That’s what we’ve been having here in the last month or so. It all started because I work afternoons/evenings, and thus I pack a
lunch dinner to eat at my desk. Because I’m a little lazy, this means I eat a lot of sandwiches at work. Don’t get me wrong – I love sandwiches. I love sandwiches so much (and especially grilled cheese sandwiches) that my sisters joke that I’m not a vegetarian, I’m a bread-and-cheese-atarian. I take exception to this, because I eat fewer grilled cheeses than people think. Anyway, that’s all an aside. Basically, I eat a sandwich for dinner almost every day and therefore, I like to at least have good ingredients, such as bakery bread, to use. There is only so many times you can use grocery store bread before you start dreading dinner.
So, I started buying bread from the bakery around the corner (there are are more bakeries within 30 seconds of us than is healthy). It was delicious bread, so we ate it quickly, so we bought more, so bread expenses went up. For me, this was okay, a sort of business expense, if you will. For L, it was extravagant (he eats dinners at home, after all). Anyway, we talked about it and I offered to start making bread, which would mean I still go nice bread for my sandwiches, but it would be far less expensive. I was raring to go and then L bought two loaves of bread in a row, so it was a bit of a false start.
I have not managed to take a picture of a full loaf. They just don't last long enough.
Nonetheless, we’re back on track now and I’ve made three loaves of bread this week. One was a housewarming gift for Wendy and her boyfriend (don’t worry, we don’t eat that much bread), but the other two were for us, and both turned out very well. I plan to experiment and try some new recipes, but for now my go-to is a no-knead, night-rising French bread that is too good not to share – I mean, this bread pretty much makes itself, you just have to plan ahead.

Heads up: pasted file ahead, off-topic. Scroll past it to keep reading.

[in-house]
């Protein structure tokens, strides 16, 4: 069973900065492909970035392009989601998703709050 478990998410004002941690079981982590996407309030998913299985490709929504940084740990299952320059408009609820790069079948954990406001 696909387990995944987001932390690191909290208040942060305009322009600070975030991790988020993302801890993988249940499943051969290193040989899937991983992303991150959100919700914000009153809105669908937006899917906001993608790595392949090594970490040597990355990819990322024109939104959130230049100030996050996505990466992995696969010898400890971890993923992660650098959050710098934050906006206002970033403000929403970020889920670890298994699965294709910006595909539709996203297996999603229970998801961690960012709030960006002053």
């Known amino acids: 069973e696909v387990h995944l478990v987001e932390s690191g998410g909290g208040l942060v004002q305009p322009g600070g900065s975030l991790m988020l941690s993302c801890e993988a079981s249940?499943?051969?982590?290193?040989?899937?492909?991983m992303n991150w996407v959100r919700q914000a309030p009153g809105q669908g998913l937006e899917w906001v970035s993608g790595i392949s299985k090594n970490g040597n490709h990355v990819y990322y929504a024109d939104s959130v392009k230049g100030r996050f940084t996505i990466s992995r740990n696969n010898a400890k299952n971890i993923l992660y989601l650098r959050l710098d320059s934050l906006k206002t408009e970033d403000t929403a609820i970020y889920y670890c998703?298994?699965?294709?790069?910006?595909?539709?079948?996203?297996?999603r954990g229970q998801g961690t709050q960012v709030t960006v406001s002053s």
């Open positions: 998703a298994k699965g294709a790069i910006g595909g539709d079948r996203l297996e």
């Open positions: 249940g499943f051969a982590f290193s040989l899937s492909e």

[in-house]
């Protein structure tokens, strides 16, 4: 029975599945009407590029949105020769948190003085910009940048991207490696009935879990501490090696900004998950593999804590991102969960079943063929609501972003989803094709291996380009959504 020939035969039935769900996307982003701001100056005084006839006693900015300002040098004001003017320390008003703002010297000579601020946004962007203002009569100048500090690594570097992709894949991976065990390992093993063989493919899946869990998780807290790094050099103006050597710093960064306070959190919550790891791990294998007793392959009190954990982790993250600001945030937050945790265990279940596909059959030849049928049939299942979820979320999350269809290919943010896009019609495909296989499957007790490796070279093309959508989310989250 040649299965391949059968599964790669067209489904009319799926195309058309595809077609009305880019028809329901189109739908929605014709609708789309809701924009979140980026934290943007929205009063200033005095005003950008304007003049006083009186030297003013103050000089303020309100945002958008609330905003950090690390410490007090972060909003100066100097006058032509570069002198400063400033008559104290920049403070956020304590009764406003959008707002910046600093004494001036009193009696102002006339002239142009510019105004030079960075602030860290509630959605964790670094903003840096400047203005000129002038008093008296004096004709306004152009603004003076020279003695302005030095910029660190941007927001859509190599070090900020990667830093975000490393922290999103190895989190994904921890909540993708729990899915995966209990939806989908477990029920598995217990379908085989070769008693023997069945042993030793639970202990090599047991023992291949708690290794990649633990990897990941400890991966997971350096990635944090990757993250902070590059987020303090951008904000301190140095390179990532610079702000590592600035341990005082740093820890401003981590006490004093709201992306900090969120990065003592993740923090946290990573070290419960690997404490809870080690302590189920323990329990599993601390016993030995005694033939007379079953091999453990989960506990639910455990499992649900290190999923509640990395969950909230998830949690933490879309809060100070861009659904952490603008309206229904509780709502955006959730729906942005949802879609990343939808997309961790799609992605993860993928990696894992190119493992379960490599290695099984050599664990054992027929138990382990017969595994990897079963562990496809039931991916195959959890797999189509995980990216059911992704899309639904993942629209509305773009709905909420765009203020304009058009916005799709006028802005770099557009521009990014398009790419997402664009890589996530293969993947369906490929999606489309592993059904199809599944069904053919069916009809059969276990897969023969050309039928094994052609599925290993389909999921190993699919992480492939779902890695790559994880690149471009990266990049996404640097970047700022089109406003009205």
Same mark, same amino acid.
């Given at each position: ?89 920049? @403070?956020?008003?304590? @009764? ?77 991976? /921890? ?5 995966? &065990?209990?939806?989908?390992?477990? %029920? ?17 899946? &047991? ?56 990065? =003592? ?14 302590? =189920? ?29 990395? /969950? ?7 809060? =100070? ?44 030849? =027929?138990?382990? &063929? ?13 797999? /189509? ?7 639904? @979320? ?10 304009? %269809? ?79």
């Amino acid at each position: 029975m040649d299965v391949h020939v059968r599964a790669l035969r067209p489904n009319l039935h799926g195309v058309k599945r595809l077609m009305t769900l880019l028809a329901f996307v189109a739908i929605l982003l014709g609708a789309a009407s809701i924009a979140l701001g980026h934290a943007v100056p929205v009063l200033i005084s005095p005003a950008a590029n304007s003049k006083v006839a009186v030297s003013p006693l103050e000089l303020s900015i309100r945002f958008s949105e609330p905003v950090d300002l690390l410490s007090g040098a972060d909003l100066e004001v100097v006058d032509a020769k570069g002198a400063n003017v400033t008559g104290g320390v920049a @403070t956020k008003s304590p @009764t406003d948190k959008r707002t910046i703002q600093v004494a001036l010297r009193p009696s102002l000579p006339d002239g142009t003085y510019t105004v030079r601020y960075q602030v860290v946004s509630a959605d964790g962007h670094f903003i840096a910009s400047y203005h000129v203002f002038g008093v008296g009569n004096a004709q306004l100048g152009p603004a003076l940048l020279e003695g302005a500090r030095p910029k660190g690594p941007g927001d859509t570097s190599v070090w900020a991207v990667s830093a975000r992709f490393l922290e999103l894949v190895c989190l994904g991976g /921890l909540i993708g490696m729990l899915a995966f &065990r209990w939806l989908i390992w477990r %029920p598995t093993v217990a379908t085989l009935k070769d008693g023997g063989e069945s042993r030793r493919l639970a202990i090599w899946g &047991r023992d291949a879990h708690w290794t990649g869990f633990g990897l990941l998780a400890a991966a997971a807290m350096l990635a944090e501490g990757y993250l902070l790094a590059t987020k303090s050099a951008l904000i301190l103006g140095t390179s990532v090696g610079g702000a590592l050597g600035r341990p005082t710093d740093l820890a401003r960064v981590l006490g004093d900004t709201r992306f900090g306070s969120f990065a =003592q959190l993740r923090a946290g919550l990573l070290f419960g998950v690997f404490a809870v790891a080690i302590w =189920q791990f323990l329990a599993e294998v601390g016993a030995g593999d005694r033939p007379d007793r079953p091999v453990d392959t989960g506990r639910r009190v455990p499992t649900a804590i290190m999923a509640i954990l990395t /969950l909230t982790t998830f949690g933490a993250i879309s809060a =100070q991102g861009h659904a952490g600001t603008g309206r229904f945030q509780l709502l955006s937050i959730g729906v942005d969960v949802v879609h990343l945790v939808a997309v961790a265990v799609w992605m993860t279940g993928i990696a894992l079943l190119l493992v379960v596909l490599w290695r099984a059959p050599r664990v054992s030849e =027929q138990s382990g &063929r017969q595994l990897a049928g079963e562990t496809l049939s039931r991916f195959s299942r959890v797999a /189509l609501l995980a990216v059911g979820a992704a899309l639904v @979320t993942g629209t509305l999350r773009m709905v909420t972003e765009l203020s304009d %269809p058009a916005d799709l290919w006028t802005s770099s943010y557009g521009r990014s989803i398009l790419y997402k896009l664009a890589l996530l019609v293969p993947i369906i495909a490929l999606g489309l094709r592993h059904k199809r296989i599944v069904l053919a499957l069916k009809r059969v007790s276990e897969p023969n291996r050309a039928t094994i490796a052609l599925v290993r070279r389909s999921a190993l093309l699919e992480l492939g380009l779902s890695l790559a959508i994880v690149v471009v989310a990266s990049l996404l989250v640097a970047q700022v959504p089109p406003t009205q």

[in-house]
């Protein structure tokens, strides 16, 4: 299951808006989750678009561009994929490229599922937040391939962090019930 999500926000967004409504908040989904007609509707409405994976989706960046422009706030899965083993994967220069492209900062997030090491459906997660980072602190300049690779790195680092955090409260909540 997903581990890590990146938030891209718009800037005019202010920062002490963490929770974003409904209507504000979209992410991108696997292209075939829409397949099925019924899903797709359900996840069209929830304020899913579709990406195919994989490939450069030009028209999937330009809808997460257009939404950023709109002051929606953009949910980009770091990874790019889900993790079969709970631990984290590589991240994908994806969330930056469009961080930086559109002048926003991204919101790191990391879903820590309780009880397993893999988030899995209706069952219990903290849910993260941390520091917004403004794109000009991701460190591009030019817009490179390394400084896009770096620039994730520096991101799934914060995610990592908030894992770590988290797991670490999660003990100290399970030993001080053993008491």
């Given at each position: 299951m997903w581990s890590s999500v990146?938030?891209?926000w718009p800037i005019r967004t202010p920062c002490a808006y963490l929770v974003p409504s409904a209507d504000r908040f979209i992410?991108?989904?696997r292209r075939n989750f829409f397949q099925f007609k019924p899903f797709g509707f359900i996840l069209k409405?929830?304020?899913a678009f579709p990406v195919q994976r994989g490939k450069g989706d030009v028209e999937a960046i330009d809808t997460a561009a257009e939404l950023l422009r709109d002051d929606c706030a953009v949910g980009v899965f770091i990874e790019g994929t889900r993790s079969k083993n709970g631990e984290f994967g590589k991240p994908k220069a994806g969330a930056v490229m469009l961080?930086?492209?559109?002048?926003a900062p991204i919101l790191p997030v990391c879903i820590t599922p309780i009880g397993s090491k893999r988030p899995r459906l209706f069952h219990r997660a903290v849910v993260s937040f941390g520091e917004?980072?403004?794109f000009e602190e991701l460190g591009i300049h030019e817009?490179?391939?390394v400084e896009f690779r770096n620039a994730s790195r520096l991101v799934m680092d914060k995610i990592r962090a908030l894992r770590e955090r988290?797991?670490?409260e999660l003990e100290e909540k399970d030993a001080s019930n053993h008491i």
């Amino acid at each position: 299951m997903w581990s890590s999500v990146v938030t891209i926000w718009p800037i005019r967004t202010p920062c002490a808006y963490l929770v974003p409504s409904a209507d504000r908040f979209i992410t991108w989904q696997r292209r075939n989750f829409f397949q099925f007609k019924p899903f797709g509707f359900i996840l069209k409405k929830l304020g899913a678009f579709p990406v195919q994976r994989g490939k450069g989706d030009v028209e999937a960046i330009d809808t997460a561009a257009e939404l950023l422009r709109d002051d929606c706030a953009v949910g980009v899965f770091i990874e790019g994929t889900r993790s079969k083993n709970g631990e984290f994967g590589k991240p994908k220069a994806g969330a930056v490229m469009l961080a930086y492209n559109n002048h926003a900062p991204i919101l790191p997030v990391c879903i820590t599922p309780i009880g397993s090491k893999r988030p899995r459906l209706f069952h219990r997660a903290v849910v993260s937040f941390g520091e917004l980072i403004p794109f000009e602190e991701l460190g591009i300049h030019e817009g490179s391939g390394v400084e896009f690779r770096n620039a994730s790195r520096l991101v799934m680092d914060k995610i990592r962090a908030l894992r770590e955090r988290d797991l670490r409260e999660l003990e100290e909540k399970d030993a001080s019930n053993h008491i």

No-Knead French Bread
3 cups flour
1/4 tsp instant yeast
1.25 tsp salt
1.5 cups water
Mix everything together in a big bowl until it resembles a wet, shaggy, sticky dough (you will know what I mean when you see it). Cover the bowl with plastic wrap and let it rise for 12 or so hours (I make it before bed, but you could just as easily make it before work in the morning).
Punch it down, cover it back up, and let it rise for another two hours or so.
About a half hour before baking, heat a dutch oven (that is, a solid – NOT glass – dish with a lid) at 425-450F until fully warm (I just leave it in there for a half hour because that’s easier). Turn dough into warm dish (no greasing or flouring necessary) and bake with the lid on for a half hour and then with the lid off for 15 minutes.
I am convinced that this recipe cannot be messed up. I’ve let the dough rise for 48 hours; I once had dough that didn’t rise properly (not enough water), so I punch it down and let it rise for another day and it was fine; I’ve baked it at 350 instead of 450 and even though it took a little longer, it was still fine. Seriously. If you have never made bread but are curious about it, this is your gateway bread.
The unfortunate quality of this photo is courtesy of my phone. Nonetheless, a daffodil! In full bloom! In March!
Also, there are daffodils out. In March. What the heck is going on here? I keep trying to not get my hopes up that winter is really and truly over (I’ve been disappointed by March before), but I don’t know. Daffodils. That’s really something.